Living in: New Orleans
Seven Sisters Houses in New Orleans' Garden District, nearly identical shotgun houses that were the first speculation houses in the city. (Stephen Saks/LPI)
For all that New Orleans means to her residents, to tourists and to the repeat visitor, from jazz revivals to Greek Revival architecture, it is the city’s uniqueness within the modern United States that make it so exotically appealing. You may not need a passport to get here from the rest of the country, but you certainly can expect a change in latitude — and attitude. Let the good times roll.
What is it known for?
Beignets, beads and Bourbon Street, Mardi Gras, Mississippi mud pie and Creole cuisine, and sadly now Hurricane Katrina. That disaster cut the city’s population in half and displaced a larger proportion of the black population than the white, due to the city’s poorer neighbourhoods taking the brunt of the flooding. However, now the city has returned to three-quarters of its pre-Katrina population. And tourism is flourishing.
The magic of New Orleans is that its pace is tied to Old Man River, the Mississippi that just keeps rolling along. The Creole culture, mixed with Irish and Italian, means spectacular restaurants and inventive cuisine. The jazz tradition, from Preservation Hall to hole-in-the-wall clubs, attracts famous musicians and music lovers from around the world. The New Orleans Museum of Art and the National WWII Museum make the city a cultural hub for the Gulf South. But it is the people of New Orleans that give the place its soul and true joy.
Where do you want to live?
The areas that remain strongly popular are the historic districts, which became known as “the silver on the river” after they did not flood in Katrina. The land they are on is only a few feet above sea level, but it was enough. These districts include Bywater, Garden District and St Charles Avenue, the French Quarter, Faubourg Marigny and the Irish Channel area. “New Orleans is a city of neighbourhoods,” said Sterling Joe Ory, ex-officio of the New Orleans Metropolitan Association of Realtors. “The market is like the weather — it’s rarely raining everywhere.” The historic district market is currently brisk, according to Ory, who said they attract the large influx of young professionals who have moved to the city.
New Orleans has a unique mix of housing characteristics where affordable houses are cheek-by-jowl with wealthier blocks, and 19th-century architecture spans different price ranges. Some people are attracted to fixer-uppers or condo units in converted grand Victorian homes. “Even our slums are Greek Revival, so bargains are out there,” said Ory. But rentals are not. The inventory is very scarce at the moment and there are fewer places for rent than for sale.
New Orleans proximity to the Gulf Coast in Mississippi, Alabama and even Florida makes the city a popular weekend and second-home destination, and many New Orleanians own condos along the Gulf. South Louisiana is also popular for hunting and fishing, and some people go camping or own boats.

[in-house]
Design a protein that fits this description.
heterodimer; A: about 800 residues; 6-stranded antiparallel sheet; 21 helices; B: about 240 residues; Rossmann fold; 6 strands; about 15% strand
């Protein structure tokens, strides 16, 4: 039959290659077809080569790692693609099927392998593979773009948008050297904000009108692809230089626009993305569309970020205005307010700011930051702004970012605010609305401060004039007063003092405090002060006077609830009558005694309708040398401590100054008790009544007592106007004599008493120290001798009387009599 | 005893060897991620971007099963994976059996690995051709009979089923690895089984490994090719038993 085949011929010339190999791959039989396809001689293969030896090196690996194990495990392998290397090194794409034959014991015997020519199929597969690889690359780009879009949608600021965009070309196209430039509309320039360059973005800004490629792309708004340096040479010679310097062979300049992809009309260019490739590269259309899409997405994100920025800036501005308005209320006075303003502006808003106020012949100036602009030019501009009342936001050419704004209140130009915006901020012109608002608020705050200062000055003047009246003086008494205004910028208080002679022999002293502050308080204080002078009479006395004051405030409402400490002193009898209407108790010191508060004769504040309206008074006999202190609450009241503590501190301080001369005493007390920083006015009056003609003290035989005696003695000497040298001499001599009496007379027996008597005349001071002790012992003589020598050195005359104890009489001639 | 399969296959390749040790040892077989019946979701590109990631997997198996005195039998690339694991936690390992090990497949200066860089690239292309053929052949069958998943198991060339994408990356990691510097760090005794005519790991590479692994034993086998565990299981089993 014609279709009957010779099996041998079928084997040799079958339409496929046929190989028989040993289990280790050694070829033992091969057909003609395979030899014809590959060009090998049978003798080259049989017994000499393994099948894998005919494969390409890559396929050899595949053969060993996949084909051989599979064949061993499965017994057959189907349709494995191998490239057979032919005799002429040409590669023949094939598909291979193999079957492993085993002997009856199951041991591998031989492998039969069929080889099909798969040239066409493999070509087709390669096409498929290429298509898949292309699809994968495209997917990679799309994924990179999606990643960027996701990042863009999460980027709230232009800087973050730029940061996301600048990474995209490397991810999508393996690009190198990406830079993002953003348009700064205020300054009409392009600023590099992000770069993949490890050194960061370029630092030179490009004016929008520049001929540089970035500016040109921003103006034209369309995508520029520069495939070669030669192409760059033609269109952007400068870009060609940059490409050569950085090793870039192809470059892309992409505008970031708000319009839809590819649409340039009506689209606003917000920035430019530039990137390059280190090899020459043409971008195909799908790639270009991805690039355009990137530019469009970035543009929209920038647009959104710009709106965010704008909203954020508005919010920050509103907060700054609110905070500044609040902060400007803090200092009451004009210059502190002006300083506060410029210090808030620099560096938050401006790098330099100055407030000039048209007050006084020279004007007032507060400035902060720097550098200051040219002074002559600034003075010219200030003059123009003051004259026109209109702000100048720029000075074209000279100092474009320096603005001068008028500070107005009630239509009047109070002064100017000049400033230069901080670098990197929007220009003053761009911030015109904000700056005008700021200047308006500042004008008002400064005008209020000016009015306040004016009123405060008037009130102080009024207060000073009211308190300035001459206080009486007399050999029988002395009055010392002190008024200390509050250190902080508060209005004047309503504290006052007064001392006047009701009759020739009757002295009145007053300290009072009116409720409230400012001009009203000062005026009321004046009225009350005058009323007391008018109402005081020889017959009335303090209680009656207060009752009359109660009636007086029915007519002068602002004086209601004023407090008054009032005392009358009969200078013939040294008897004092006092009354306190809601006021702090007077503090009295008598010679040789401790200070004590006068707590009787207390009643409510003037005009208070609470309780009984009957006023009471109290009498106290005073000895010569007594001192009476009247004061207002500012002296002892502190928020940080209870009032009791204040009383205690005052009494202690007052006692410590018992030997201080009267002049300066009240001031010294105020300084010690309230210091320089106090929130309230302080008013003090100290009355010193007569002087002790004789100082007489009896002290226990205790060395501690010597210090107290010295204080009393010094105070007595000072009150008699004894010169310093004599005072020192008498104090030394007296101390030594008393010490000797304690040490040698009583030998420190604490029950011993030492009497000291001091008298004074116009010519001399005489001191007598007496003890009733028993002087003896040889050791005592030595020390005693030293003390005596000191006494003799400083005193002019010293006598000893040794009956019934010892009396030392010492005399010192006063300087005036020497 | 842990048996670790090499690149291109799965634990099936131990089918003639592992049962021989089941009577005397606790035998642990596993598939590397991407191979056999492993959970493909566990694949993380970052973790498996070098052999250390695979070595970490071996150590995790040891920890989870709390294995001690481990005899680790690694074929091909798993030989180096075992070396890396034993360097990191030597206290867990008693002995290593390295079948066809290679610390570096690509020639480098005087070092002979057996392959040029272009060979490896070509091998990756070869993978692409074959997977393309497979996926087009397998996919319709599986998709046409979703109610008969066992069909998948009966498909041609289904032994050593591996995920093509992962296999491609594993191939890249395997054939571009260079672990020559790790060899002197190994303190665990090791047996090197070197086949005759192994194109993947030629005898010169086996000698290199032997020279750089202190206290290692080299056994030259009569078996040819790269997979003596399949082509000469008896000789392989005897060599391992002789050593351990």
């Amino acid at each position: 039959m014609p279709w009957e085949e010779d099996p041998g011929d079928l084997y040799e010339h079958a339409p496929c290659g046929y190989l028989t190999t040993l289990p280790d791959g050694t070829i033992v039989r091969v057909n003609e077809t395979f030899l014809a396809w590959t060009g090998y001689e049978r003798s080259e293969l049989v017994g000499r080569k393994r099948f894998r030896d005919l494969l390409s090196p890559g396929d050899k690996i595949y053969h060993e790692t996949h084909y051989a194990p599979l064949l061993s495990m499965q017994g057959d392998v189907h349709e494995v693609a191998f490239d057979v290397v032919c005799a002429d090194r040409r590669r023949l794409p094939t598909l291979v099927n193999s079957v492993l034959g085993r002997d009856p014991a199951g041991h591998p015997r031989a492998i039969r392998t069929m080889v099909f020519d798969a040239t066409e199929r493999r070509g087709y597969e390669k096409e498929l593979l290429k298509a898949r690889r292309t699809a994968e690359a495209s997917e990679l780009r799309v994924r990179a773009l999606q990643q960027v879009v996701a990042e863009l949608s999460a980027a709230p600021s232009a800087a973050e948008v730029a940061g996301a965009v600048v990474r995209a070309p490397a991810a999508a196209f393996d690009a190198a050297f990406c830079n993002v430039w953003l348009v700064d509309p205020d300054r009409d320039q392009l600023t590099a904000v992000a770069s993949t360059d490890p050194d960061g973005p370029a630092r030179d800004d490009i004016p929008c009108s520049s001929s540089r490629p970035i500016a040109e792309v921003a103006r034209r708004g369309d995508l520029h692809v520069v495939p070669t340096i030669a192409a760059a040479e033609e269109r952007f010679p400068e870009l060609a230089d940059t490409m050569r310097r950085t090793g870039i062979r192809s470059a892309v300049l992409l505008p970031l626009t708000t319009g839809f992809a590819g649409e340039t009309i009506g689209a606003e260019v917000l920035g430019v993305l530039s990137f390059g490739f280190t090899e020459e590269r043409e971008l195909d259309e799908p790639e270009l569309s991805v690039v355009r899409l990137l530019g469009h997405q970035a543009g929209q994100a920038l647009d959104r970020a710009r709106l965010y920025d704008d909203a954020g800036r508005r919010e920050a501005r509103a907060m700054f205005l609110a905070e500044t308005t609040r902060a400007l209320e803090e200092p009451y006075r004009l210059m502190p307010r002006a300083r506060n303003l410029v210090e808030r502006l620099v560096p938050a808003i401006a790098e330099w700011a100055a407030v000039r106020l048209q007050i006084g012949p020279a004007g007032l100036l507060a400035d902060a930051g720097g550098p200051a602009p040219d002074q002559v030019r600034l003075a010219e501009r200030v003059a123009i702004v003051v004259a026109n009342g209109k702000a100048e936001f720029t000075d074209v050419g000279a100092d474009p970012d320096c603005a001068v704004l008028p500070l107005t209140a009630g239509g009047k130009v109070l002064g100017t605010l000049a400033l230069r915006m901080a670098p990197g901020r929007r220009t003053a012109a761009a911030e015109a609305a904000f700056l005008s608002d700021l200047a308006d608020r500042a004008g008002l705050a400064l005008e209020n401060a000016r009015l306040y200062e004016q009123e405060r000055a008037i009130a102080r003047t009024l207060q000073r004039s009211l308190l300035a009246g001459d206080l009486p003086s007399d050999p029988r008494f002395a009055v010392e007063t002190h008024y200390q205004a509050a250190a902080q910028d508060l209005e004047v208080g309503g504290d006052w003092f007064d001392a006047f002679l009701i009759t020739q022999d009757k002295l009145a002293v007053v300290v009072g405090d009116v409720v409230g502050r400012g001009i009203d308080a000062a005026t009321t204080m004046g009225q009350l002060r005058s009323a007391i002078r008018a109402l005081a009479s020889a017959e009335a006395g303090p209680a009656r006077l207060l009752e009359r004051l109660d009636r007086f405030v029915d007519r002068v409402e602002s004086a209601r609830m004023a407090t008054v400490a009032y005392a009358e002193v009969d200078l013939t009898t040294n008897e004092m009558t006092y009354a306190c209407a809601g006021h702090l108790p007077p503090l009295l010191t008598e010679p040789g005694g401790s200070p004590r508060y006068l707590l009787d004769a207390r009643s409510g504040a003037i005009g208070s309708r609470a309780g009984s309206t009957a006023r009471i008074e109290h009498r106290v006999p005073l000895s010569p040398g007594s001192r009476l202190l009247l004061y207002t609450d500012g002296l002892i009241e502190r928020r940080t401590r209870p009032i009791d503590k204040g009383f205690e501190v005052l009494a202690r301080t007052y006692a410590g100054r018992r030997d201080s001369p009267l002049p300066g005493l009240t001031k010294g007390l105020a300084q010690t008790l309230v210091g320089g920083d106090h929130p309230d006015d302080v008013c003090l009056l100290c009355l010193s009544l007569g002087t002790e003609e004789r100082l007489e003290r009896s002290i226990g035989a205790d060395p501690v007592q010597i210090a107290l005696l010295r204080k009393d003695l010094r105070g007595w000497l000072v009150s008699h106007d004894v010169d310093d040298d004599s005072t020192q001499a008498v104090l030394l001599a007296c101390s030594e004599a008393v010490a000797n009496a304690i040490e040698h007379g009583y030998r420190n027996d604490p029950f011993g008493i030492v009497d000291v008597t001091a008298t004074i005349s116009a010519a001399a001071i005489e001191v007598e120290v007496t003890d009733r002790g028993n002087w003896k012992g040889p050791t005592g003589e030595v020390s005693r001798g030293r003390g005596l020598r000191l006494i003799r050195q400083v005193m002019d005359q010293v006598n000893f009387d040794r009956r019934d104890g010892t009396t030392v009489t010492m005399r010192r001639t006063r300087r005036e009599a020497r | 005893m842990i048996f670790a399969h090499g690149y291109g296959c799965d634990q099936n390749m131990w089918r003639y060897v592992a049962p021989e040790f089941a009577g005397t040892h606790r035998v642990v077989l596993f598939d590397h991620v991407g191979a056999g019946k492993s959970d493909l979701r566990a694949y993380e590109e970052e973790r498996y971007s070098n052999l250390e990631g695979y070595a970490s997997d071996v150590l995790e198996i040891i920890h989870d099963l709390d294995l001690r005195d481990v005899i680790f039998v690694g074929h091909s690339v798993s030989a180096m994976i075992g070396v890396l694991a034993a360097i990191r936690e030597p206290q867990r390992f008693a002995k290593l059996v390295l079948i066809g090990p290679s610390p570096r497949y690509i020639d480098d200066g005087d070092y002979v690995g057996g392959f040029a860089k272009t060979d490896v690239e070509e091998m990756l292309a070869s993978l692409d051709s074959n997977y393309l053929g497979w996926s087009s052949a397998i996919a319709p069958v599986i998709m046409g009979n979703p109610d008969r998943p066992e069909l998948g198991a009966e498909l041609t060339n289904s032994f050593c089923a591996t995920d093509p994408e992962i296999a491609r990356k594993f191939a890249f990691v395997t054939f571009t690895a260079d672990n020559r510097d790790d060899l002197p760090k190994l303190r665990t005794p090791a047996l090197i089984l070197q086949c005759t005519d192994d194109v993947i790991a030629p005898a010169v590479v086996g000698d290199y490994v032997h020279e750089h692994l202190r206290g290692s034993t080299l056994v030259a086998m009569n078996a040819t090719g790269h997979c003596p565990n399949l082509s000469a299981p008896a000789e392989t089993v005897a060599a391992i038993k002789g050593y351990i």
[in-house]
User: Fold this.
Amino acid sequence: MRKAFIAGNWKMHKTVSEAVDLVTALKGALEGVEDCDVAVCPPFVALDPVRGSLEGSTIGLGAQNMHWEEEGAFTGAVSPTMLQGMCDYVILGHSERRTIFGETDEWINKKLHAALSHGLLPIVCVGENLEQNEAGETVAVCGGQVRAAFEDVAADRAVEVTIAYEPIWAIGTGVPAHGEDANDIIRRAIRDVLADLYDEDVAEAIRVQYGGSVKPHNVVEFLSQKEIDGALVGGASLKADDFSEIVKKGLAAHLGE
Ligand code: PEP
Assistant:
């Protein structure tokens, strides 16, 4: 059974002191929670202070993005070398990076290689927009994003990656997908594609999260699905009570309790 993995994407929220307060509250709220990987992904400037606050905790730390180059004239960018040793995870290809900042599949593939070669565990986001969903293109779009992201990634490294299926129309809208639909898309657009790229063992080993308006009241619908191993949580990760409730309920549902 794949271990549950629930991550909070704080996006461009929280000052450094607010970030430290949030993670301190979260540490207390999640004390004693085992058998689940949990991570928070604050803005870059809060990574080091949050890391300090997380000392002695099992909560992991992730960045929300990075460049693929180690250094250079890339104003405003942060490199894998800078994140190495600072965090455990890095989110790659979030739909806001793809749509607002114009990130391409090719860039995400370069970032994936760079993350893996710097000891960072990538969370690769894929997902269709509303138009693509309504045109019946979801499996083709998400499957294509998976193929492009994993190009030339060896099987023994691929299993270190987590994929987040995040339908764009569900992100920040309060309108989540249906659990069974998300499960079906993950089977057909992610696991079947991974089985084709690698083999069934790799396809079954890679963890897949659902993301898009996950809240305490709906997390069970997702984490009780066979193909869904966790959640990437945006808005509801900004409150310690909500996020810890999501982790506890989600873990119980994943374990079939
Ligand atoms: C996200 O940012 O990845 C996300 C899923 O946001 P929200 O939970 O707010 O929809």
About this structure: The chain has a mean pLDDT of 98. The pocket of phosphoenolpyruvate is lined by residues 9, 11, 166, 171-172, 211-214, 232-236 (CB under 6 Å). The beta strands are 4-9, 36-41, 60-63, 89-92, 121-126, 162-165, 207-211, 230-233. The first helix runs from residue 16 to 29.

Airfare from New Orleans to Caribbean destinations is usually reasonable and there are direct flights to Toronto and some summer service to Central American destinations. Louis Armstrong New Orleans International Airport was also one of eight approved this year for charter flights to Cuba, but it is unknown when those will begin.
New Orleans bucked the national trend and had fewer foreclosures than many other cities in many other states. “Tourism, the port and the teaching hospitals keep us ‘recession resistant’,” said Ory. “And we’ve experienced a large influx of young professionals with disposable income who appreciate the cultural uniqueness of New Orleans.” But house prices are abetted by low interest rates on long-term mortgages. “With 30-year interest rates hovering at 4%, money is at 1960 prices,” said Ory.
In the city, an 1,800-sq ft house can sell for as low as $240,000 with a monthly payment of under $900, while three-bed rentals can be as high as $2,500 a month. Many people buy to realize the best return on their investment. One quirk of buying in New Orleans, however, is that the city’s legal system operates under the Napoleanic Civil Code, which can mean that some laws governing commercial transactions are different from the rest of the country. Some out-of-state lenders will bail out of the loan process because there are rules and regulations that you do not have elsewhere in the country. It best to work with a local realtor and a local lender who can help you navigate the regional differences.
“We do things differently here,” said Ory. “But that’s why we are a number one destination. The city truly is hitting on all cylinders now.”
New Orleans with Lonely Planet
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